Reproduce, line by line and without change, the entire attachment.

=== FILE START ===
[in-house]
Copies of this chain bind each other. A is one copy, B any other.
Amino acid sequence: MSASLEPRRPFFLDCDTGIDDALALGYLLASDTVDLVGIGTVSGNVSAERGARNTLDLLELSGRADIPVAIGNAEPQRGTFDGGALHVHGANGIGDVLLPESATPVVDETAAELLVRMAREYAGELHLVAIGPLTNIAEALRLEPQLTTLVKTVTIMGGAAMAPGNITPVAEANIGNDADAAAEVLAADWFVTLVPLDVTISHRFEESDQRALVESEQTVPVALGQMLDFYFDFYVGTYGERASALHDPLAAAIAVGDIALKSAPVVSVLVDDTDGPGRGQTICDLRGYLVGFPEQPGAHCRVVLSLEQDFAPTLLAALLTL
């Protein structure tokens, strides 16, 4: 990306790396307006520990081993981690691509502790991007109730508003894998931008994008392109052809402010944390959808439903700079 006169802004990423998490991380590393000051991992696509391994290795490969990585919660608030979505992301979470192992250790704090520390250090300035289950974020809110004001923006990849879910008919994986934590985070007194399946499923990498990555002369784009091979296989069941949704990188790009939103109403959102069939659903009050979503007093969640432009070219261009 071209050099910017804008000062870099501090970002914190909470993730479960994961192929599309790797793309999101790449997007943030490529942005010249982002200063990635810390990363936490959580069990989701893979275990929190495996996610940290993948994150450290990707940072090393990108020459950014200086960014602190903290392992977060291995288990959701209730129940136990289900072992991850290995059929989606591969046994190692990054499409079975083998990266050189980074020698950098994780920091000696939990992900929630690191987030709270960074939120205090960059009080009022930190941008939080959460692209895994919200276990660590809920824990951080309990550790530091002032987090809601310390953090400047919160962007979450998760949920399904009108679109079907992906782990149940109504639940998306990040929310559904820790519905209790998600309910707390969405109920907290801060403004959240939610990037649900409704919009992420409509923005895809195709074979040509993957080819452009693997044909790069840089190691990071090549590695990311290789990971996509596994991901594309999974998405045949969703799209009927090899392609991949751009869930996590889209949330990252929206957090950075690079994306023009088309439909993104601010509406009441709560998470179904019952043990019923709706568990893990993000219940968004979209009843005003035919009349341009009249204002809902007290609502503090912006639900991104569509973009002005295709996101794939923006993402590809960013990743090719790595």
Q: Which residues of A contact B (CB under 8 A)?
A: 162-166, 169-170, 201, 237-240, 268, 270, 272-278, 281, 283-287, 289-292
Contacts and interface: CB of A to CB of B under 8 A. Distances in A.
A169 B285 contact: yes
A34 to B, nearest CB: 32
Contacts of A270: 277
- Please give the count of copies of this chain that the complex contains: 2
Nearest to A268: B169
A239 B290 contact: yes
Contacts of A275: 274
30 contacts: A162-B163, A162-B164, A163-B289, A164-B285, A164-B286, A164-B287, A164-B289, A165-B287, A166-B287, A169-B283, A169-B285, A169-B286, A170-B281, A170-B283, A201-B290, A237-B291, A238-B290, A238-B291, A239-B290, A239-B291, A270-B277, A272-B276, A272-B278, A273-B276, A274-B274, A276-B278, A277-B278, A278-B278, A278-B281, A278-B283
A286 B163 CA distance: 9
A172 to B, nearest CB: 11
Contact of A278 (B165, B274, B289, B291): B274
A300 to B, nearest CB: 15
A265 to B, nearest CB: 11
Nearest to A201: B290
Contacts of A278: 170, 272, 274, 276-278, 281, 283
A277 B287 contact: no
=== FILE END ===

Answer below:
[in-house]
Copies of this chain bind each other. A is one copy, B any other.
Amino acid sequence: MSASLEPRRPFFLDCDTGIDDALALGYLLASDTVDLVGIGTVSGNVSAERGARNTLDLLELSGRADIPVAIGNAEPQRGTFDGGALHVHGANGIGDVLLPESATPVVDETAAELLVRMAREYAGELHLVAIGPLTNIAEALRLEPQLTTLVKTVTIMGGAAMAPGNITPVAEANIGNDADAAAEVLAADWFVTLVPLDVTISHRFEESDQRALVESEQTVPVALGQMLDFYFDFYVGTYGERASALHDPLAAAIAVGDIALKSAPVVSVLVDDTDGPGRGQTICDLRGYLVGFPEQPGAHCRVVLSLEQDFAPTLLAALLTL
């Protein structure tokens, strides 16, 4: 990306790396307006520990081993981690691509502790991007109730508003894998931008994008392109052809402010944390959808439903700079 006169802004990423998490991380590393000051991992696509391994290795490969990585919660608030979505992301979470192992250790704090520390250090300035289950974020809110004001923006990849879910008919994986934590985070007194399946499923990498990555002369784009091979296989069941949704990188790009939103109403959102069939659903009050979503007093969640432009070219261009 071209050099910017804008000062870099501090970002914190909470993730479960994961192929599309790797793309999101790449997007943030490529942005010249982002200063990635810390990363936490959580069990989701893979275990929190495996996610940290993948994150450290990707940072090393990108020459950014200086960014602190903290392992977060291995288990959701209730129940136990289900072992991850290995059929989606591969046994190692990054499409079975083998990266050189980074020698950098994780920091000696939990992900929630690191987030709270960074939120205090960059009080009022930190941008939080959460692209895994919200276990660590809920824990951080309990550790530091002032987090809601310390953090400047919160962007979450998760949920399904009108679109079907992906782990149940109504639940998306990040929310559904820790519905209790998600309910707390969405109920907290801060403004959240939610990037649900409704919009992420409509923005895809195709074979040509993957080819452009693997044909790069840089190691990071090549590695990311290789990971996509596994991901594309999974998405045949969703799209009927090899392609991949751009869930996590889209949330990252929206957090950075690079994306023009088309439909993104601010509406009441709560998470179904019952043990019923709706568990893990993000219940968004979209009843005003035919009349341009009249204002809902007290609502503090912006639900991104569509973009002005295709996101794939923006993402590809960013990743090719790595």
Q: Which residues of A contact B (CB under 8 A)?
A: 162-166, 169-170, 201, 237-240, 268, 270, 272-278, 281, 283-287, 289-292
Contacts and interface: CB of A to CB of B under 8 A. Distances in A.
A169 B285 contact: yes
A34 to B, nearest CB: 32
Contacts of A270: 277
- Please give the count of copies of this chain that the complex contains: 2
Nearest to A268: B169
A239 B290 contact: yes
Contacts of A275: 274
30 contacts: A162-B163, A162-B164, A163-B289, A164-B285, A164-B286, A164-B287, A164-B289, A165-B287, A166-B287, A169-B283, A169-B285, A169-B286, A170-B281, A170-B283, A201-B290, A237-B291, A238-B290, A238-B291, A239-B290, A239-B291, A270-B277, A272-B276, A272-B278, A273-B276, A274-B274, A276-B278, A277-B278, A278-B278, A278-B281, A278-B283
A286 B163 CA distance: 9
A172 to B, nearest CB: 11
Contact of A278 (B165, B274, B289, B291): B274
A300 to B, nearest CB: 15
A265 to B, nearest CB: 11
Nearest to A201: B290
Contacts of A278: 170, 272, 274, 276-278, 281, 283
A277 B287 contact: no